Harvard professor found guilty of hiding ties to Chinese recruitment program
A Harvard University professor was found guilty on all counts on Tuesday after being charged with hiding his ties to a Chinese recruitment program. The former chair of Harvard’s chemistry and chemical biology department had pleaded not guilty.
Charles Lieber, 62-years-old, had been charged with two counts of filing false tax returns, two counts of making false statements, and two counts of failing to file reports for a foreign bank account in China.
Although he pleaded not guilty to the charges, a jury returned a guilty verdict after deliberating for just two hours and 45 minutes. The verdict was delivered following five days of testimony in Boston federal court.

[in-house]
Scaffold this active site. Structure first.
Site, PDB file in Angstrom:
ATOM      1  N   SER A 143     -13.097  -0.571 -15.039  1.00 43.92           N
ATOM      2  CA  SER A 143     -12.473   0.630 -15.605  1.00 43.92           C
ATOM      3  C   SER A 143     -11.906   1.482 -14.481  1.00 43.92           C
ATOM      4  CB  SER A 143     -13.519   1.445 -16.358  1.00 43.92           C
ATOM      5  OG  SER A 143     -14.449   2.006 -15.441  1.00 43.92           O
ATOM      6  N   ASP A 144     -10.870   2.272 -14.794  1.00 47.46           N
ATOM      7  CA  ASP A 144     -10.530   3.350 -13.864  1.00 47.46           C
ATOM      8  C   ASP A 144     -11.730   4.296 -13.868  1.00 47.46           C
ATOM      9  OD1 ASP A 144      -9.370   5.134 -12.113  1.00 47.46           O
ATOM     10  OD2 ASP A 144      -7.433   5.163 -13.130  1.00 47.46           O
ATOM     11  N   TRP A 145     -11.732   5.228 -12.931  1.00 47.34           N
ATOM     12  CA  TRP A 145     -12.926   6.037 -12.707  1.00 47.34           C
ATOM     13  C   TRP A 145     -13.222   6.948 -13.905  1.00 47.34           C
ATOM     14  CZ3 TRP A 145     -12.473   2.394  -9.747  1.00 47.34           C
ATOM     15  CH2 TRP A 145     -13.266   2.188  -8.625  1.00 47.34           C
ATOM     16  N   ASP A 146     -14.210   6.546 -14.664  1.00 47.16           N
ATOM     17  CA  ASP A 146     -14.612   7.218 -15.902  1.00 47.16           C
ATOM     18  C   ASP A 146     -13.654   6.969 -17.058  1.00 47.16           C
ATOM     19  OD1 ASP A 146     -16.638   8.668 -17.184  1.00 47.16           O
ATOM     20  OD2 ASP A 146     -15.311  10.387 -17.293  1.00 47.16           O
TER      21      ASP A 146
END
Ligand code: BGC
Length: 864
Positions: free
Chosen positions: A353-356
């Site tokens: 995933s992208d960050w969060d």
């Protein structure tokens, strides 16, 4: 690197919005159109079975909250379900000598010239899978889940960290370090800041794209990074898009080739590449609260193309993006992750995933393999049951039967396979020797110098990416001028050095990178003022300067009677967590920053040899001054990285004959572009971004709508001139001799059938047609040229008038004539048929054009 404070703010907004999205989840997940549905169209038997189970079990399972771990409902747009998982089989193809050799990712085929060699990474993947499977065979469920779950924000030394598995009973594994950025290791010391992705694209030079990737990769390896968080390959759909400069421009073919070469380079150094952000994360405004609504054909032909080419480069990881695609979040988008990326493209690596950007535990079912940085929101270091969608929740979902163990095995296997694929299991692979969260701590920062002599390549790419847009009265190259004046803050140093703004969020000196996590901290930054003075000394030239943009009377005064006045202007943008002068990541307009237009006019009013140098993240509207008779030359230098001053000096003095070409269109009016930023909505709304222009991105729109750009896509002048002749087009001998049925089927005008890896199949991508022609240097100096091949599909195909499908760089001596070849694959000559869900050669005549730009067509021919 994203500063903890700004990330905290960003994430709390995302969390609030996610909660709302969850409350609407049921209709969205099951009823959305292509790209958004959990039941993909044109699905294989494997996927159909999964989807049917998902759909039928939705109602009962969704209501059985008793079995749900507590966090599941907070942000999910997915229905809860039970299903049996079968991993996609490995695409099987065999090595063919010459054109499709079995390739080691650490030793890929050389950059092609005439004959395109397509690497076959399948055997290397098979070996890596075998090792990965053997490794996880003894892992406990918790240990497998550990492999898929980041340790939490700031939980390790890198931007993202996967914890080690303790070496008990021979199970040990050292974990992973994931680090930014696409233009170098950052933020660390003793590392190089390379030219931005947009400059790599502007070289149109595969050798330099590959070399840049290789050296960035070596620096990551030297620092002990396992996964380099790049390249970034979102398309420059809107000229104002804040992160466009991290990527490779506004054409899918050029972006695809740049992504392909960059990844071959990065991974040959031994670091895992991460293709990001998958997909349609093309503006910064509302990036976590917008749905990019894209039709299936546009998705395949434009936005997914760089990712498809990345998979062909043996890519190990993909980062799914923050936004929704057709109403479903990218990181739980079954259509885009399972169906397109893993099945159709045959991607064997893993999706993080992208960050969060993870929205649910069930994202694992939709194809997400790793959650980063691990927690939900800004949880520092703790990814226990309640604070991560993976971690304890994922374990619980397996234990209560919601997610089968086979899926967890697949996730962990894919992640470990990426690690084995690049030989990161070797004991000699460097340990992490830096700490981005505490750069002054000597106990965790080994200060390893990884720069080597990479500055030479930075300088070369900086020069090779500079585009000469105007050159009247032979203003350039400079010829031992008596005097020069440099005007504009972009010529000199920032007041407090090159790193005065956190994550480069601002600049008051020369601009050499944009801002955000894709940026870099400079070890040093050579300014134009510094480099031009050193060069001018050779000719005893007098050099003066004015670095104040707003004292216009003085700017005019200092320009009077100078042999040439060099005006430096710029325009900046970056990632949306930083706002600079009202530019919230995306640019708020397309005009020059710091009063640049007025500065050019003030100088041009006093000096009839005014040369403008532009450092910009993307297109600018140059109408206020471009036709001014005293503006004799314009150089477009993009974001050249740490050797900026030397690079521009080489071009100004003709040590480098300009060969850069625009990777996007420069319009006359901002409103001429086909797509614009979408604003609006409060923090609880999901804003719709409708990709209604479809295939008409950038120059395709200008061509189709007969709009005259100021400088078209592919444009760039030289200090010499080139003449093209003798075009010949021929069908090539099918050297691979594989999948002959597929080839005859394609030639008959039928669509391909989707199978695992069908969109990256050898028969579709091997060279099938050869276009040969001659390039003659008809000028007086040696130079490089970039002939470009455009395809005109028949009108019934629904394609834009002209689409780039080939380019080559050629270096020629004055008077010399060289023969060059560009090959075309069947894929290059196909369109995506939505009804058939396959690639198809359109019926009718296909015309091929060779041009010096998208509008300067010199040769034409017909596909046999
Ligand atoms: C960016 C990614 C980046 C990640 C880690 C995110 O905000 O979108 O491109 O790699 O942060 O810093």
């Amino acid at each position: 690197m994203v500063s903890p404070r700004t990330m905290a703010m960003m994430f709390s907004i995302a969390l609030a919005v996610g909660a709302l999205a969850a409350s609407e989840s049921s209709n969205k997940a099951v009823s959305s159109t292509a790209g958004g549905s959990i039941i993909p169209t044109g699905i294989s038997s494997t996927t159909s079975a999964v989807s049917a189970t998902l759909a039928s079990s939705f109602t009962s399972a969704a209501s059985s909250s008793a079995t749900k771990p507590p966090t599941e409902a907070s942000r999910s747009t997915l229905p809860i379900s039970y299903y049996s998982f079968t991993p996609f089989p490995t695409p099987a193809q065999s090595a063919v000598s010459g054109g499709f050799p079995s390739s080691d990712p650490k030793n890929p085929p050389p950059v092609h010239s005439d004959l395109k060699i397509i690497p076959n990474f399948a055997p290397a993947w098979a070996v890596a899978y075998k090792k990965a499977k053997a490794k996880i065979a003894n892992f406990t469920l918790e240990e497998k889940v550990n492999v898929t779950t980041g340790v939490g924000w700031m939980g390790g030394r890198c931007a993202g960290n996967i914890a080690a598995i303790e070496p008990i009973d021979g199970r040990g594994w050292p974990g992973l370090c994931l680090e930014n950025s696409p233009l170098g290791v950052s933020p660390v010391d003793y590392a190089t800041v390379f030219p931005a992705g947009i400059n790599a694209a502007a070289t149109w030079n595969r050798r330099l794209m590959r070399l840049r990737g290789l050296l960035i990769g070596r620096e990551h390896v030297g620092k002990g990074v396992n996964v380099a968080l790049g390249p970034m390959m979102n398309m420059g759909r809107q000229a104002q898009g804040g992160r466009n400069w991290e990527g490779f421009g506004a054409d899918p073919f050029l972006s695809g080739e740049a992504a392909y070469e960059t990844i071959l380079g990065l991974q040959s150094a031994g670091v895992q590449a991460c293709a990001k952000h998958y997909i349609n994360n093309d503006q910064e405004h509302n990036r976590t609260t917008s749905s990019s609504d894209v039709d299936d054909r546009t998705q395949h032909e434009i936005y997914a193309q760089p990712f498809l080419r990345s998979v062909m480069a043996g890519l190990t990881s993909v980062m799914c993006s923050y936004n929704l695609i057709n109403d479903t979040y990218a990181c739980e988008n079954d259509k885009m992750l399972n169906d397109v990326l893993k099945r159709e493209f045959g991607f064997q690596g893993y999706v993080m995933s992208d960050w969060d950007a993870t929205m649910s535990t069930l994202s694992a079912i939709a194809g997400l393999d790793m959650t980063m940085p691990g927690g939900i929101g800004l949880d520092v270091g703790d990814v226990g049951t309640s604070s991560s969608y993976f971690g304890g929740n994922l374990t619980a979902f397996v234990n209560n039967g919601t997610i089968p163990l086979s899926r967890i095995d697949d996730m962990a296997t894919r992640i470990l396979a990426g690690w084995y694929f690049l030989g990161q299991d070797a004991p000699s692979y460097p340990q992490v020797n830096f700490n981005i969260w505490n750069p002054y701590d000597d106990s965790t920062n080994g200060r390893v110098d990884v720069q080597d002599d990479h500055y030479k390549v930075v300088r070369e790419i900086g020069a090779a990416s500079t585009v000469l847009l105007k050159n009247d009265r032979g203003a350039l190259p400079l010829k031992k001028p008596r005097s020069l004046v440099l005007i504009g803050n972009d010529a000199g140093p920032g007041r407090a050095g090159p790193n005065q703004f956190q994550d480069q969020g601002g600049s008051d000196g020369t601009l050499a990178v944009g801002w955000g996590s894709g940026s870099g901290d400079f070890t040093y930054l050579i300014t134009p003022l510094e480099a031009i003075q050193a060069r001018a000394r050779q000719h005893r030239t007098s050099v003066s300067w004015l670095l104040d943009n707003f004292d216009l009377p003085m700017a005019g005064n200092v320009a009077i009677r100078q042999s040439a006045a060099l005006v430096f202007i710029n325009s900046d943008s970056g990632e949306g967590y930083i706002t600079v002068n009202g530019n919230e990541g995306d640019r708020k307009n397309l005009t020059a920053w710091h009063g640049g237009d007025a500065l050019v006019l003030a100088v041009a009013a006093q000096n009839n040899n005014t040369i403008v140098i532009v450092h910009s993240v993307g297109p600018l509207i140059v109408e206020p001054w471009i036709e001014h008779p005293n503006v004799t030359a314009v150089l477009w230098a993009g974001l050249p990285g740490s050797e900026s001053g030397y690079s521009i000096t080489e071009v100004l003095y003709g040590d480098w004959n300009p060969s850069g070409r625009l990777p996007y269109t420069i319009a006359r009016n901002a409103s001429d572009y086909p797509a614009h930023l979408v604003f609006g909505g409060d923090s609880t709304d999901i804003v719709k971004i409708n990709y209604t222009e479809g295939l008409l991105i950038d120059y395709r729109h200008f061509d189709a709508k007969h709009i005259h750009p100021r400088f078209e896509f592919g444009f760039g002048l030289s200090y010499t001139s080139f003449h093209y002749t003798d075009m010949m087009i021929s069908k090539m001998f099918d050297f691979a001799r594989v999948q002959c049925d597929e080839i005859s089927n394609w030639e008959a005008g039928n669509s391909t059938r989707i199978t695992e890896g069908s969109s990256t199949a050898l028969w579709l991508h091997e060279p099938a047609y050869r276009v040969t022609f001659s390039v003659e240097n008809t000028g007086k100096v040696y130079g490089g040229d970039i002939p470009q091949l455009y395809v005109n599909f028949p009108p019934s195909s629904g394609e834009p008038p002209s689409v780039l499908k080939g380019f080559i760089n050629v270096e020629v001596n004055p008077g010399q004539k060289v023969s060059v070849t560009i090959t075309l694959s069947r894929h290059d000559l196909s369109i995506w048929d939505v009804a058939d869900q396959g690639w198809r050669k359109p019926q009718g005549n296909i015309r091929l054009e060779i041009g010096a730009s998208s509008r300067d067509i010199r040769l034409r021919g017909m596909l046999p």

Prosecutors said that Lieber hid his involvement in China’s Thousand Talents Plan. The program is designed to recruit individuals with knowledge of foreign technology and intellectual property to China.
Lieber apparently also hit his income from the program, which included $50,000 per month from the Wuhan University of Technology, as much as $158,000 in living expenses, and over $1.5 million in grants. In exchange for his compensation, Lieber published articles, organized international conferences, and applied for patents on behalf of the Chinese university.
Lieber’s attorney, Marc Mukasey, said that prosecutors lacked proof of the charges against Lieber, and he held that investigators failed to keep record of interviews with Lieber before his arrest.
He added that prosecutors would not be able to prove that Lieber acted “knowingly, intentionally, or willfully, or that he made any material false statement.” Additionally, he emphasized that Lieber was not charged with transferring any technology or proprietary information to China illegally.